Liberal heads, that is.
The Obama administration asked the U.S. Supreme Court Friday to reject a request for a hearing from 17 Chinese Muslims currently being held at Guantanamo Bay Naval Base, arguing they have no right to come to America despite a district judge’s orders last Fall that they immediately be brought to the U.S. and released.
“Petitioners are free to return to their home country, but they understandably do not wish to do so, because they fear inhumane treatment there,” reads the filing, signed by US Solicitor General Elena Kagan, Assistant Attorney General Tony West, and other Justice Department officials. “Petitioners are also free to go to any other country that is willing to accept them.”
But why should they wish to leave? They’ve never had it so good:
“In contrast to individuals currently detained as enemies under the laws of war, petitioners are being housed under relatively unrestrictive conditions, given the status of Guantanamo Bay as a United States military base,” Kagan writes, saying they are “in special communal housing with access to all areas of their camp, including an outdoor recreation space and picnic area.” They “sleep in an air-conditioned bunk house and have the use of an activity room equipped with various recreational items, including a television with VCR and DVD players, a stereo system, and sports equipment.”
Who has a VCR anymore? The barbarity!
So not only does B-HO adopt Bush’s policy on the Uighurs—but now Gitmo ain’t so bad after all. Go figure.
Meanwhile, the Obama administration says, like Bush, butt out:
The Obama administration insists it has no obligation to provide access to a top secret document in a [warrantless] wiretapping case, setting up a showdown next week with the judge who ordered it released. …
The judge has ordered department lawyers to appear before his court Wednesday to make the case why he should not award damages to the now-defunct Oregon chapter of the Al-Haramain Islamic Foundation. That group is challenging the wiretapping program.
In its response, the department said that in this case “disclosure of classified information–even under protective order–would create intolerable risks to national security.”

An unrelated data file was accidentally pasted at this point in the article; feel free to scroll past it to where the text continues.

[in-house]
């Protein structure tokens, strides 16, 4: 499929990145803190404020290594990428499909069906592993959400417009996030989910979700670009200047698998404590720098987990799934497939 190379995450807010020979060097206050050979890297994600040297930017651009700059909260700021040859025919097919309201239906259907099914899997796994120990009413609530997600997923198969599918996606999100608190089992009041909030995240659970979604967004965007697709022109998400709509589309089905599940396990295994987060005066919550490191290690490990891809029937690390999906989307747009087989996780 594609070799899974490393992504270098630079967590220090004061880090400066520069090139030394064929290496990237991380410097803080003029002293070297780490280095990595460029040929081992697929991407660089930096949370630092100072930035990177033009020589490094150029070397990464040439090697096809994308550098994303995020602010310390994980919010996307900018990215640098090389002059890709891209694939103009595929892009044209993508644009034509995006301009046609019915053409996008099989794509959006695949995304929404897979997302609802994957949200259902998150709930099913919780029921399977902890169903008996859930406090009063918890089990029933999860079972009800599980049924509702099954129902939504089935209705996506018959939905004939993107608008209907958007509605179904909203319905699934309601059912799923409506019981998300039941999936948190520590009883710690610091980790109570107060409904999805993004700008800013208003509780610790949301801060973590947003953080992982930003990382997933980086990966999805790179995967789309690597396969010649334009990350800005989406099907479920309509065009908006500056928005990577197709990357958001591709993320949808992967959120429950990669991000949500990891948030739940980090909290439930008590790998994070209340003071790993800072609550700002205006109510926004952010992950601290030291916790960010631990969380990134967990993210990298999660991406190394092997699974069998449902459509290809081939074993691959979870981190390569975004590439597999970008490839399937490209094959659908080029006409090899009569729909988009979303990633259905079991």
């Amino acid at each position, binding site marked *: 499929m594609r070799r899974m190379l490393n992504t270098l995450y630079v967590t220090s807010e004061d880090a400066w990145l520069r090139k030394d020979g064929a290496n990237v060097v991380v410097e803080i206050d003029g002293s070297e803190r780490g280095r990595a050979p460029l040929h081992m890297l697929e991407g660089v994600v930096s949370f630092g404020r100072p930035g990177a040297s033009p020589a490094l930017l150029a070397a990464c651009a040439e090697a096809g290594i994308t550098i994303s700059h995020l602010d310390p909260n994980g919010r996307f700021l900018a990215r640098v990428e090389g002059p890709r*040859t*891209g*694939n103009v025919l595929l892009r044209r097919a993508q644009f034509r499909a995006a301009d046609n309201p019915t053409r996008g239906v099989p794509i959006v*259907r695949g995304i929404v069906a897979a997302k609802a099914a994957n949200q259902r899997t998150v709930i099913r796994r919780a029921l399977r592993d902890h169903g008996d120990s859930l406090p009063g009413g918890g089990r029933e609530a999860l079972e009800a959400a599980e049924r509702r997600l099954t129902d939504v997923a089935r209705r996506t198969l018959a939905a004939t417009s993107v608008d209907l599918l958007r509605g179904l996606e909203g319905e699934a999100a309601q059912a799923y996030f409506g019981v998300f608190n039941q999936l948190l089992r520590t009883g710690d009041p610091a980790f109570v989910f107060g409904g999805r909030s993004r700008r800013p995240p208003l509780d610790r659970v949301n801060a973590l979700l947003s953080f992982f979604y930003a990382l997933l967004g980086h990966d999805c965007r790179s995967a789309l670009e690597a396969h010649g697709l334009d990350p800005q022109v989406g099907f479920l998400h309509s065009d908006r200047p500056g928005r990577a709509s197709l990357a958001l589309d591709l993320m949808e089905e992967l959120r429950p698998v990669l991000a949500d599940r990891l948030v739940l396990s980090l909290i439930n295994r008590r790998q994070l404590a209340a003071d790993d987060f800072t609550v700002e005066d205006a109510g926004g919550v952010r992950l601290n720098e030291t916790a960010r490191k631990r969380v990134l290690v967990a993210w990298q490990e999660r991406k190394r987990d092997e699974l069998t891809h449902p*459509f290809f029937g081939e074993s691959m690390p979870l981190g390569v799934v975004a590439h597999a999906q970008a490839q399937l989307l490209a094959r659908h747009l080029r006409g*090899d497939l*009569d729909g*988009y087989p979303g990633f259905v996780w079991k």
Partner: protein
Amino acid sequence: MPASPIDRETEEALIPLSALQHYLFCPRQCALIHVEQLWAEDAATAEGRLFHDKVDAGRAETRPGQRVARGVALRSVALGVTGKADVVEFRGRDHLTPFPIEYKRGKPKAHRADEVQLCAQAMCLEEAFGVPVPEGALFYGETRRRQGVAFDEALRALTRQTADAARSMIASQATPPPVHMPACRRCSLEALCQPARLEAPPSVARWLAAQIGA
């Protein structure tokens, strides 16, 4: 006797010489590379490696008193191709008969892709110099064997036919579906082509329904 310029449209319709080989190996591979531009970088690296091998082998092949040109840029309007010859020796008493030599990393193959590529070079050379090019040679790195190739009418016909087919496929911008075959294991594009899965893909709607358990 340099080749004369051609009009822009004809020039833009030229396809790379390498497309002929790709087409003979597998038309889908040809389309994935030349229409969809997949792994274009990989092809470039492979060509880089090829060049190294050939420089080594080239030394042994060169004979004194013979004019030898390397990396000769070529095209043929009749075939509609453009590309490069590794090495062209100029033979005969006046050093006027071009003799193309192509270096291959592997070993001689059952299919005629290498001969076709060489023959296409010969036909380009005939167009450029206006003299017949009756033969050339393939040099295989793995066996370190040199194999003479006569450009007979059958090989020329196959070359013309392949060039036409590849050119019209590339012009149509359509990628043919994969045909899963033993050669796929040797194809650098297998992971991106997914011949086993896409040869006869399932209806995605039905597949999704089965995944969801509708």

The filing said President Barack Obama has authorized access to classified information on a “need-to-know” basis and argued that the government “cannot be sanctioned for its determination that plaintiffs do not have a need to know classified information.”
Another judge told to go pound sand. Must be one of those white male judges.
And here’s another affirmation of Bush policy you might not have seen elsewhere:
With the election of President Obama, environmentalists had expected to see the end of the “Appalachian apocalypse,” their name for exposing coal deposits by blowing the tops off whole mountains.
But in recent weeks, the administration has quietly made a decision to open the way for at least two dozen more mountaintop removals.
In a letter this month to a coal ally, Rep. Nick J. Rahall II (D-W.Va.), the Environmental Protection Agency said it would not block dozens of “surface mining” projects. The list included some controversial mountaintop mines.
The industry says the practice of using explosives to blast away a peak is safer and more efficient than traditional shaft mining. But critics say the process scars the landscape and dumps tons of waste — some of it toxic — into streams and valleys.
The administration’s decision is not the final word on the projects or the future of mountaintop removal. But the letter, coupled with the light it sheds on relations between the mining industry and the Obama White House, has disappointed environmentalists. Some say they feel betrayed by a president they thought would end or sharply limit the practice.
I’m afraid even my head is about to explode: I thought coal was bad; I thought coal was dirty; but Obama is willing to blow up whole mountain ranges to get more of it.
Well, that’s what China’s doing (I’ll report on that later today or tomorrow). Maybe the president decided there was no point in being a green sap when China was going black.
Should we start a flip-flop pool? What’s the next policy to go under the bus?